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Tuesday 19th June 2018

Yemeni children malnourished

12th December 2007

Almost a third of children in Yemen aged between two and five years are severely stunted through malnutrition, according to a new report.


The report, Yemen Poverty Assessment, said poverty was associated with the prevalence of severe stunting and underweight among Yemeni children.

Officials say 53.1% of children in that age group show signs of stunting, while 12.5% show signs of wasting.

And 45.6% of that age group is underweight, according to Ali al-Mudhwahi, director of the family health department at the Ministry of Health.

There are 4.1 million children under five in Yemen.

Child malnutrition rates in Yemen are amongst the highest in the world, with infant and under-five mortality rates estimated at 76 and 102 per 1,000 live births, respectively, according to data from the World Food Programme (WFP).

Some of the problem stems from the widespread social use of qat, a mild narcotic chewed in leaf form.

Qat interferes with the body's ability to absorb nutrients, and many families will buy it before they buy food.

Volunteers have been drafted into some local communities to assess the nutrition status of families in rural areas, by simple measures such as weight and growth rate.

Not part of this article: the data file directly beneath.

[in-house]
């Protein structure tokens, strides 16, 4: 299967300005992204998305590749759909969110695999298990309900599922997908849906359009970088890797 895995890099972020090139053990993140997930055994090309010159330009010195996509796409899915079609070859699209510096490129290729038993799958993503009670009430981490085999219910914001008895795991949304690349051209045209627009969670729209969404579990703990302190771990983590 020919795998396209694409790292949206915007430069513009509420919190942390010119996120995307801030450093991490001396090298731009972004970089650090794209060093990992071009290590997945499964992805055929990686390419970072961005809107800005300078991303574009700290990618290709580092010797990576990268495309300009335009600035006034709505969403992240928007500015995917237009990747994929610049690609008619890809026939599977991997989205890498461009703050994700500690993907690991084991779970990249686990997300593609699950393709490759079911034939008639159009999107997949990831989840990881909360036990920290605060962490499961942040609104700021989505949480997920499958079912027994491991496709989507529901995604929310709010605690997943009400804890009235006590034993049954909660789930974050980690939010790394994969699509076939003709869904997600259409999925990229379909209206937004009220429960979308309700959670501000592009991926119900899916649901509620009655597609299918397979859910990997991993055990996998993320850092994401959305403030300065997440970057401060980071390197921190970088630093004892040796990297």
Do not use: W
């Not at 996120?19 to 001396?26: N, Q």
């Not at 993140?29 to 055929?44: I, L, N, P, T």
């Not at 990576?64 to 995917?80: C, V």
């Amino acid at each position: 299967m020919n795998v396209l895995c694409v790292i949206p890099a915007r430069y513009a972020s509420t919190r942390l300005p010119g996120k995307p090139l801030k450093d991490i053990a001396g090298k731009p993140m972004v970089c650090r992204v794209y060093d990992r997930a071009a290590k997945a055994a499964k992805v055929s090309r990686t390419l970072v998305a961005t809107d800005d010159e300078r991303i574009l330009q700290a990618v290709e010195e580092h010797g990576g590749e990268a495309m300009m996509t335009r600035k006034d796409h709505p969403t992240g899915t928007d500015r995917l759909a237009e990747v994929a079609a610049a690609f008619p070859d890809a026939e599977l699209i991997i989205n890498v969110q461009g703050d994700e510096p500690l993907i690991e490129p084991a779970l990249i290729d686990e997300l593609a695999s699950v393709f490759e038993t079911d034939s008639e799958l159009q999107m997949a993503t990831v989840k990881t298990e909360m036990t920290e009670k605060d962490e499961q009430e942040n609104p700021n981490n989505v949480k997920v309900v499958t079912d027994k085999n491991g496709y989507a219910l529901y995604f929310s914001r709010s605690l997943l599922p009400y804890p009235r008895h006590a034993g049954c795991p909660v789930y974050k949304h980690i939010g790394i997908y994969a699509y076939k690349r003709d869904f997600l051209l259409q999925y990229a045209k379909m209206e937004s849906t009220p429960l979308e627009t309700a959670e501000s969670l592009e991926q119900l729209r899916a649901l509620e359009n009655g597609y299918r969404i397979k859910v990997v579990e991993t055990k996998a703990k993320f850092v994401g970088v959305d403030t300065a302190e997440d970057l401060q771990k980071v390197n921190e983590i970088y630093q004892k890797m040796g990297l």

Those believed to be malnourished can then be referred to health professionals for treatment.

The programme is to be expanded into other regions of the country, officials say.

Another initiative - the Integrated Management of Childhood Illnesses (IMCI) - employs an integrated approach to child health that focuses on the holistic well-being of the child.

It largely targets healthcare workers, and is deployed in 105 districts, in an attempt to improve health workers' skills in dealing with children.

Yemen’s Ministry of Health will get WFP support for malnourished women and children from 2007 to 2011, with food aid to be distributed through health centres in rural areas to 24,130 beneficiaries annually.

A small proportion of the food aid will also go to tuberculosis and leprosy patients.


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